By Melinda Collins | Photography by Bryan Isbister from Creative Images Photography
It was 1998 and Martz Witty was delivering his first ever major public speech to a group called American Singles Incorporated, entitled ‘How to achieve your personal and romantic goals in 1999’.
Considering his impending divorce, it was an irony not lost on him – especially as his soon to be ex-wife was sitting in the audience.
“I couldn’t hold my own marriage together and here I was telling 600 or so people how to achieve what they want in their personal relationships.
“But it was a marvellous opportunity to bring business, accountancy discipline, creative methods and ideas into a personal arena to show how the two are related because, whether it’s personal or business, the principles behind success are the same.”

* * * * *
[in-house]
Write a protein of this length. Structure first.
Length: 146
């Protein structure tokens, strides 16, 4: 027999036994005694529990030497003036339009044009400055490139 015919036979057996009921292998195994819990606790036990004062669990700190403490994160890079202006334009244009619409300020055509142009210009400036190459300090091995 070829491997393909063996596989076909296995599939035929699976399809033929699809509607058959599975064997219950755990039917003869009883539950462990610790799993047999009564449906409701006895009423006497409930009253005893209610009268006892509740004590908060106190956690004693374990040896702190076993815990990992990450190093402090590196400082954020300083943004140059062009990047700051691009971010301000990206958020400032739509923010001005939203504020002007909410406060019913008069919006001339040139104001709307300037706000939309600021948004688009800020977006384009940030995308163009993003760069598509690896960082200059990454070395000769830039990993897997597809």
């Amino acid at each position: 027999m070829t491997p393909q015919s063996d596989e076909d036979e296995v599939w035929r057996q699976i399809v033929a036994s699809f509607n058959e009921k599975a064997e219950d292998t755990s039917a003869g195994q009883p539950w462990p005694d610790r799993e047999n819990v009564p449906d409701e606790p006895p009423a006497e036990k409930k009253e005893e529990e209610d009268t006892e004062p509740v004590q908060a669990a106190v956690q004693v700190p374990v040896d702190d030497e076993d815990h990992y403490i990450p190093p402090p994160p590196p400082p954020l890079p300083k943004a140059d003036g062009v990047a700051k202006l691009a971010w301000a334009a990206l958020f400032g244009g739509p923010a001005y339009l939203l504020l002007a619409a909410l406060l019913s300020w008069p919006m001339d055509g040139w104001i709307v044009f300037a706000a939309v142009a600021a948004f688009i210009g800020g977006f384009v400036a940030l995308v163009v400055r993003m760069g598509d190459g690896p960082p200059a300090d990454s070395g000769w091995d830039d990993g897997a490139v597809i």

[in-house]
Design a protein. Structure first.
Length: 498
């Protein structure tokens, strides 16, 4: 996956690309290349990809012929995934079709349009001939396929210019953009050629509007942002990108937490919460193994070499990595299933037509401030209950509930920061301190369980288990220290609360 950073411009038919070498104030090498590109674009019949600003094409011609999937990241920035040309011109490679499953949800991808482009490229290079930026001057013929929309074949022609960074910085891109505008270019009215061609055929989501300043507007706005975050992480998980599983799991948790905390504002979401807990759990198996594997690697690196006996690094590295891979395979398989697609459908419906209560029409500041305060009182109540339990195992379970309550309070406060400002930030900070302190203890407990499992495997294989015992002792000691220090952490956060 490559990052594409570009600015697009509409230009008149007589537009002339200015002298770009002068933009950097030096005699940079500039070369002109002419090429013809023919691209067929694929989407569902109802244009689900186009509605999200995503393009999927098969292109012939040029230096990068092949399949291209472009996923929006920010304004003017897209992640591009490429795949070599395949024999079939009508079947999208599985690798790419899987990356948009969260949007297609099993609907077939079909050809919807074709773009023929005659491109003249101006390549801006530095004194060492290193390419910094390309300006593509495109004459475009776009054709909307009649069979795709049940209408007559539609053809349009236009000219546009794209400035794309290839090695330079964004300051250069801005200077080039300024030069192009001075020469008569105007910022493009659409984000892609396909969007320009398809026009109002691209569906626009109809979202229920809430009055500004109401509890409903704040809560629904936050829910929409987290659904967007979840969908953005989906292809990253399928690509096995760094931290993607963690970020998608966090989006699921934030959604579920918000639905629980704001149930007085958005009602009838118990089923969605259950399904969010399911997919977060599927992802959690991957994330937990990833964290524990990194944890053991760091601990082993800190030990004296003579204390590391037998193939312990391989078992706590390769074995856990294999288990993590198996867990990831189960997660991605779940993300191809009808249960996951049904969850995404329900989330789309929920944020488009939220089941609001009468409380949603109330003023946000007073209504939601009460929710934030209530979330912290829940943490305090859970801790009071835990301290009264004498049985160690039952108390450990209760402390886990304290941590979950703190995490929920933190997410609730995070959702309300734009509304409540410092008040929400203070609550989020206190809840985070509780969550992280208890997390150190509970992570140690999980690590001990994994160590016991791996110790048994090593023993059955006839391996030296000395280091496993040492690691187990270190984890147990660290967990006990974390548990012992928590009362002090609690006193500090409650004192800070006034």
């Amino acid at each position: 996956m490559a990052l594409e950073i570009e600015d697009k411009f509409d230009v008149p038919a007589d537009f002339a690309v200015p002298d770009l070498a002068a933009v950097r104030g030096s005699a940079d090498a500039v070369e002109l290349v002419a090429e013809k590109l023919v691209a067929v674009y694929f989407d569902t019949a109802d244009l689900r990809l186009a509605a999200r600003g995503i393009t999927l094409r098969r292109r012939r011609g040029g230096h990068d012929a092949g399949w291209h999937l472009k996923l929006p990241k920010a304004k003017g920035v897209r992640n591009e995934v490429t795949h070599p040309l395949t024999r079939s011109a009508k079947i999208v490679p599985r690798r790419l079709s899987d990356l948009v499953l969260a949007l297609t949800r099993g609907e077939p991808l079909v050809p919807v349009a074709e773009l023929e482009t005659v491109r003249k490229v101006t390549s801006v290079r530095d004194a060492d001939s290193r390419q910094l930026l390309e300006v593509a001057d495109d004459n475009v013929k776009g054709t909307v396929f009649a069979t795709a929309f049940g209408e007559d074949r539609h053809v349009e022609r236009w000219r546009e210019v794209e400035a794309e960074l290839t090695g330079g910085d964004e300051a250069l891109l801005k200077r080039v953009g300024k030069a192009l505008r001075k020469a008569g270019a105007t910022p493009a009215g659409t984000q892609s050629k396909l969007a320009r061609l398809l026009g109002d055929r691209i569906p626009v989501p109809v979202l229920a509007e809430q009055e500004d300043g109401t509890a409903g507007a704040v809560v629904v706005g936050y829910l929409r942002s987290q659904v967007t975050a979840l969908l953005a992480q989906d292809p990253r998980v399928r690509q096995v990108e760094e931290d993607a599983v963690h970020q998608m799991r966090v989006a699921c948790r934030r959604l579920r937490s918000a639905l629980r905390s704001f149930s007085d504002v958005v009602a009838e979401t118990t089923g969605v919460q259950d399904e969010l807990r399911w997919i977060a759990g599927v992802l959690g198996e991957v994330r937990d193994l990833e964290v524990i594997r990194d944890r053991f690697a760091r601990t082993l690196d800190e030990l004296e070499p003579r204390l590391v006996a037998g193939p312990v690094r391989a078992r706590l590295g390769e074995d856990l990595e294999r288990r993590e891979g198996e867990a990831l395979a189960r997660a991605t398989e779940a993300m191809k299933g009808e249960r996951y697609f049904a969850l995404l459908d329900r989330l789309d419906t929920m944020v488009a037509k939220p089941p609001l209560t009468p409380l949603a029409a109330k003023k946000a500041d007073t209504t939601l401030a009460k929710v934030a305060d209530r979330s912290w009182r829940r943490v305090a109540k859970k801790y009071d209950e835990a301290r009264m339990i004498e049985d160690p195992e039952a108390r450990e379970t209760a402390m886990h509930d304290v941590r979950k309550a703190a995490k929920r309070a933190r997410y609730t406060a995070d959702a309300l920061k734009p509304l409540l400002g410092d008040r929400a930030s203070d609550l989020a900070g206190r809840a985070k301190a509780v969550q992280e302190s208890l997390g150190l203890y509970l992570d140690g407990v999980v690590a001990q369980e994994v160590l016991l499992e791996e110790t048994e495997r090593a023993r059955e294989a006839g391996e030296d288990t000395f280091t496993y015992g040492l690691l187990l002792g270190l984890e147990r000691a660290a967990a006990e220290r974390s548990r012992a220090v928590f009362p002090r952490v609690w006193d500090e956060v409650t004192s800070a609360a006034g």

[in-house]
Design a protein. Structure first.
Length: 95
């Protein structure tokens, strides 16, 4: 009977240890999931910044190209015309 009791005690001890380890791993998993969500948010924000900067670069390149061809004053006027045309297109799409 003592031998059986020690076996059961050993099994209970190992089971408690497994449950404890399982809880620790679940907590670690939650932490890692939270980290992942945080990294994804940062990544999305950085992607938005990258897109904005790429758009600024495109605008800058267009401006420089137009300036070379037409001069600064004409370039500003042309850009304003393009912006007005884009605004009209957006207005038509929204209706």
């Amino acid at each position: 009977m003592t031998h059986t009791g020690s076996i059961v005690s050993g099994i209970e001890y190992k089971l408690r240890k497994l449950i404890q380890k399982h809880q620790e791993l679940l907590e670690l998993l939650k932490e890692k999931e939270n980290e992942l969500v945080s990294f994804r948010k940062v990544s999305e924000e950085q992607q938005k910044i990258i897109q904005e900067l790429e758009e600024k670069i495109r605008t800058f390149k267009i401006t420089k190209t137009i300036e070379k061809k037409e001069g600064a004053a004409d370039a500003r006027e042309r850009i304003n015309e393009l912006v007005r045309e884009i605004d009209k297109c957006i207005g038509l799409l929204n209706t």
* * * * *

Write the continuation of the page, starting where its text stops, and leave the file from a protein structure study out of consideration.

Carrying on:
Whether it is a client or significant other you are looking for, the steps are the same, he says. “Determine your target market, get yourself out there, be known, be sincere, be genuinely interested in the other person – all those principles are the same.
“It was quite exciting to share that logic; it was a little embarrassing that my first wife was in the audience,” he laughs. “But we get along great again now.”
It’s this real-world empathy Martz credits the success of his business development organisation, Martz Group. “One of my fundamental beliefs is that the purpose of a business is to sell it, so I’ve owned 23 businesses over the years. One of them lost me $32,000 every 24 hours the doors were opened.
“So when a client comes to me and says ‘you don’t know what it’s like’, I say ‘try me, just try me’.”
A little leverage